Coach Ange Postecoglou tore up the playbook the moment he took up the Socceroos job in 2014 and ever since they’ve worked hard to perfect a bold, adventurous and attacking style that is heavily reliant on retaining possession.
But the old stereotype still prevails and Degenek, who plays his club football for J-League side Yokohama F. Marinos, is sick of hearing about it.
“I’ve been asked that for the last month, after every training session, every game – how is Japan going to deal with the physicality, how Australia just play long ball, how we just win headers and play for set pieces,” he said.
“I don’t agree with that.
“That’s the picture of Australian football they have a few years ago when things were different and Josh Kennedy was still playing and things were a bit different.
“They think we play long ball and that because a lot of us (are tall), they think they’re big boys who just want to do that.
“When they say that, I just say, ‘alright, then we don’t watch the same thing or analyse the same games’.
“I just keep going along with it.”
Questions about their physical superiority and height are commonplace when the Socceroos travel throughout Asia, where there is little recognition of the team’s recent progress — much to Postecoglou’s chagrin.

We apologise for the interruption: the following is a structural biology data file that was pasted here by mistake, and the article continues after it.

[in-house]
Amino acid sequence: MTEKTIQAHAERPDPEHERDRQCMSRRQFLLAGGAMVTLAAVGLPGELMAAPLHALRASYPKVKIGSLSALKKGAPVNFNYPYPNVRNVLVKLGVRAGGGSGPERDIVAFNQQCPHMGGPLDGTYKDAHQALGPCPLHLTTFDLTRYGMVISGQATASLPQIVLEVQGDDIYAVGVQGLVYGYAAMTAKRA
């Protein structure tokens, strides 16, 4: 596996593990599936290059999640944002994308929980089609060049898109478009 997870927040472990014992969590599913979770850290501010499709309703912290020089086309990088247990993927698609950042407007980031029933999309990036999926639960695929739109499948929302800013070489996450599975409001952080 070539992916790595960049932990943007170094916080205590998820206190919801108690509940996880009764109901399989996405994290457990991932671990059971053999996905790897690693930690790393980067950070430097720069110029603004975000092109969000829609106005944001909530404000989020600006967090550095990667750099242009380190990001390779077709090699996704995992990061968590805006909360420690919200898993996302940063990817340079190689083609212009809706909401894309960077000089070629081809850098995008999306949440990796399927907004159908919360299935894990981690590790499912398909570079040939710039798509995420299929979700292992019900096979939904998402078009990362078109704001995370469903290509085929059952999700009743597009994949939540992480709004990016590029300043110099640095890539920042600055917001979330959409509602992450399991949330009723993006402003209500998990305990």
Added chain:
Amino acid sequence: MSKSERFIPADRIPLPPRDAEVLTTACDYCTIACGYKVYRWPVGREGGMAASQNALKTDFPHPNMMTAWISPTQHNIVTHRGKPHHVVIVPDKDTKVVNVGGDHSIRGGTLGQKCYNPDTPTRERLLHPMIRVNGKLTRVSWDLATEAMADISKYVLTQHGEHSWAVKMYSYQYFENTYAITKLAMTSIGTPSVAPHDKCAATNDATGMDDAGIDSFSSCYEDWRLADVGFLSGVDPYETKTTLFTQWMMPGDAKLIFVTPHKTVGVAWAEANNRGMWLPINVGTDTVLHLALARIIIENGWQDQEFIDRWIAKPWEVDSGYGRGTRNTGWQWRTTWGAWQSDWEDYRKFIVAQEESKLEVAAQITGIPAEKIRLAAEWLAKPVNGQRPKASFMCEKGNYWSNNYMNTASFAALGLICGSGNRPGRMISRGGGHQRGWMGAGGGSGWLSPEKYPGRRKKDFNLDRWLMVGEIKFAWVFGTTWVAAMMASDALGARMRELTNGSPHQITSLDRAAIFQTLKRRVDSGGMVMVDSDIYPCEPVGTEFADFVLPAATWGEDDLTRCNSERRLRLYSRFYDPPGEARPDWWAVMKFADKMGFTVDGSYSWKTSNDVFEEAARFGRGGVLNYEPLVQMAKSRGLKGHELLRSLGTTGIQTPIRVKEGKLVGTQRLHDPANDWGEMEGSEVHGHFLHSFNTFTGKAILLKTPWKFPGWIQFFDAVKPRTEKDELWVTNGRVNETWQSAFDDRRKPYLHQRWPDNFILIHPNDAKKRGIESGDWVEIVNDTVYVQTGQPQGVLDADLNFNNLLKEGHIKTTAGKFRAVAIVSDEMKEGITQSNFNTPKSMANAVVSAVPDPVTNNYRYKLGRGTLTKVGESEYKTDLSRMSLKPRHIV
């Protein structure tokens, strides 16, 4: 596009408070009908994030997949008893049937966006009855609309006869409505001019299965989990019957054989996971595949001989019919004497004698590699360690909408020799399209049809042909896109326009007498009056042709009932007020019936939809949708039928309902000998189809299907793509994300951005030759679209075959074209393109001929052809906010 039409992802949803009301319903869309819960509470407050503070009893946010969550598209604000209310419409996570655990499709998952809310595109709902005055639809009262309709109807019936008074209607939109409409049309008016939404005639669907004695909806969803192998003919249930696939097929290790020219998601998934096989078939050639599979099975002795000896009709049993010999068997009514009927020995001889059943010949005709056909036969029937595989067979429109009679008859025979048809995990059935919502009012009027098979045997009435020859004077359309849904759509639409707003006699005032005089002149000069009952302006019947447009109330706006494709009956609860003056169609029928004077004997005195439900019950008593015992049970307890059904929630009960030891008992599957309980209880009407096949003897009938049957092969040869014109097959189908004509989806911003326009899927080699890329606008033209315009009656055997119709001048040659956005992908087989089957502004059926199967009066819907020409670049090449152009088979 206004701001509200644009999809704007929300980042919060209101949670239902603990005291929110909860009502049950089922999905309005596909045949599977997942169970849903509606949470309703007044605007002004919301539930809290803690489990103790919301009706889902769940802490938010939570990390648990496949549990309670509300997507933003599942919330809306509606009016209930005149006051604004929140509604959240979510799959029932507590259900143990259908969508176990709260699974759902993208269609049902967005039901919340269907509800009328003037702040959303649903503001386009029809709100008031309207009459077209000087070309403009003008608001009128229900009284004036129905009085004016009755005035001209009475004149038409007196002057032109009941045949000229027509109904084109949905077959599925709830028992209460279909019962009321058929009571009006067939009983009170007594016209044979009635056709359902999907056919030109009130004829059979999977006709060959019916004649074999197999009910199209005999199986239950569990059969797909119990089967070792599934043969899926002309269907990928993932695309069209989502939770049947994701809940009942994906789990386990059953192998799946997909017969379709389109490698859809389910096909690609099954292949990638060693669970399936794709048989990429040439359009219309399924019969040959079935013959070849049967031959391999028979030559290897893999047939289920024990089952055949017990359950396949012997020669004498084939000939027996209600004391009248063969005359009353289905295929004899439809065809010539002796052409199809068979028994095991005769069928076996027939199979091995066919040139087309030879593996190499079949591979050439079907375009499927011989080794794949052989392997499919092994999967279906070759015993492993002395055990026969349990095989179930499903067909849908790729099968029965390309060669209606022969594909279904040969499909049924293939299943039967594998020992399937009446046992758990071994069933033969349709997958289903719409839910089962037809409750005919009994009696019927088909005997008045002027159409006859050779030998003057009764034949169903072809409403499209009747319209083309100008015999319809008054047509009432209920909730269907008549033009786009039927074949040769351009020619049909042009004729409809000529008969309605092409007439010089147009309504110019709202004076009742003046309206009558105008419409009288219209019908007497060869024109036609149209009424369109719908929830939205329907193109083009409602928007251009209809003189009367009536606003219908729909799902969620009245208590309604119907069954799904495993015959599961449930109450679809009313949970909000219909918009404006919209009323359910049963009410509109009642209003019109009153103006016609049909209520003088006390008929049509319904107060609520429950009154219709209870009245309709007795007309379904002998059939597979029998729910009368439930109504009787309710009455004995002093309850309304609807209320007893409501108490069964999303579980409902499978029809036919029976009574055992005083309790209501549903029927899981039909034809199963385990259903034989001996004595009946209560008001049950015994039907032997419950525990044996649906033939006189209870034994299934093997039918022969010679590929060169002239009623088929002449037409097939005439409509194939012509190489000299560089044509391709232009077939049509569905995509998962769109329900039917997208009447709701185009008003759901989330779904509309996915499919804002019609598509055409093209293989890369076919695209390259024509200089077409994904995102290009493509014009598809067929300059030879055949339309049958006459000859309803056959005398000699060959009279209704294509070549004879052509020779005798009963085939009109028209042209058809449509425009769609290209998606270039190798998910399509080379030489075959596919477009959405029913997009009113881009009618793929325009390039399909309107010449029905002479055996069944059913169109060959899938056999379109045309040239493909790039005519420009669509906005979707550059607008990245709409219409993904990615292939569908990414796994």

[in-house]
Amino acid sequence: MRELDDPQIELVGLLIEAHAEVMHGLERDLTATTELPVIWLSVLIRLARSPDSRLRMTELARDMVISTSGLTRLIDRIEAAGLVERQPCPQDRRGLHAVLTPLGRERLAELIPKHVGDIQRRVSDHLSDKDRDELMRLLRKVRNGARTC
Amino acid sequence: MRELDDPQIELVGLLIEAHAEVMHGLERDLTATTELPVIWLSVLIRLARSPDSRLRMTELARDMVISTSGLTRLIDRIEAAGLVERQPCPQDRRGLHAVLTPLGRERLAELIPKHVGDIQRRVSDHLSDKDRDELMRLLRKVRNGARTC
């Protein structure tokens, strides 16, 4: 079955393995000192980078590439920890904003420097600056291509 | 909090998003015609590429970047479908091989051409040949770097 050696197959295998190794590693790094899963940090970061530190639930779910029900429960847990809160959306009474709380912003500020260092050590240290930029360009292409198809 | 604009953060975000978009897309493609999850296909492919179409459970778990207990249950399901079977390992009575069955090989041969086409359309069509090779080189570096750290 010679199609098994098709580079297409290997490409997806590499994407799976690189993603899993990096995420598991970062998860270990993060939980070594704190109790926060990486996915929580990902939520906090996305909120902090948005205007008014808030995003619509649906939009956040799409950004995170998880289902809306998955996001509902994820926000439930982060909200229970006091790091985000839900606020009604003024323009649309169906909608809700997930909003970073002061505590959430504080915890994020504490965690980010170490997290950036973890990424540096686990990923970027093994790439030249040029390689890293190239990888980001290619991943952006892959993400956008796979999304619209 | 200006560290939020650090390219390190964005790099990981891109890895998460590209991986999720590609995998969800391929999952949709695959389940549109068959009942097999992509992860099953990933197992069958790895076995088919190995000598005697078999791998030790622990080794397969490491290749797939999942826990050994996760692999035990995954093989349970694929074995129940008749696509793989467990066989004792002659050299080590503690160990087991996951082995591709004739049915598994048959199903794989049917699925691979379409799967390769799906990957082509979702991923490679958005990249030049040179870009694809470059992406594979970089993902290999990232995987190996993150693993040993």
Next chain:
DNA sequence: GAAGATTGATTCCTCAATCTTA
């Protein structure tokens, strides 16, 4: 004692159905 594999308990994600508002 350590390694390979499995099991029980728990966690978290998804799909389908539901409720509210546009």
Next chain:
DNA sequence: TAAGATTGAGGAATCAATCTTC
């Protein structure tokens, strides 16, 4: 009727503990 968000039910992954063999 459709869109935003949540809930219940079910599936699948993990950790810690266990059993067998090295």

The irony is they used their strength and aggression perfectly at the Confederations Cup against Chile but they combined it with technique and poise.
It nearly caused a spectacular boilover against the South American champions, who were rattled but recovered to draw 1-1.
Many see that game as the blueprint Australia must return to in Thursday’s vital World Cup qualifier against Japan.
“That game was one of the best games the boys have played in a while,” Degenek said.
“I don’t know what the boss is planning to do and how he’s planning to do it, but whatever he says to do we’re all going to do it.
“We’re all 100 per cent behind him.
“If that gets us the result and what we need then we’ll do what he says.”
Local News Matters
Media diversity is under threat in Australia – nowhere more so than in South Australia. The state needs more than one voice to guide it forward and you can help with a donation of any size to InDaily. Your contribution goes directly to helping our journalists uncover the facts. Please click below to help InDaily continue to uncover the facts.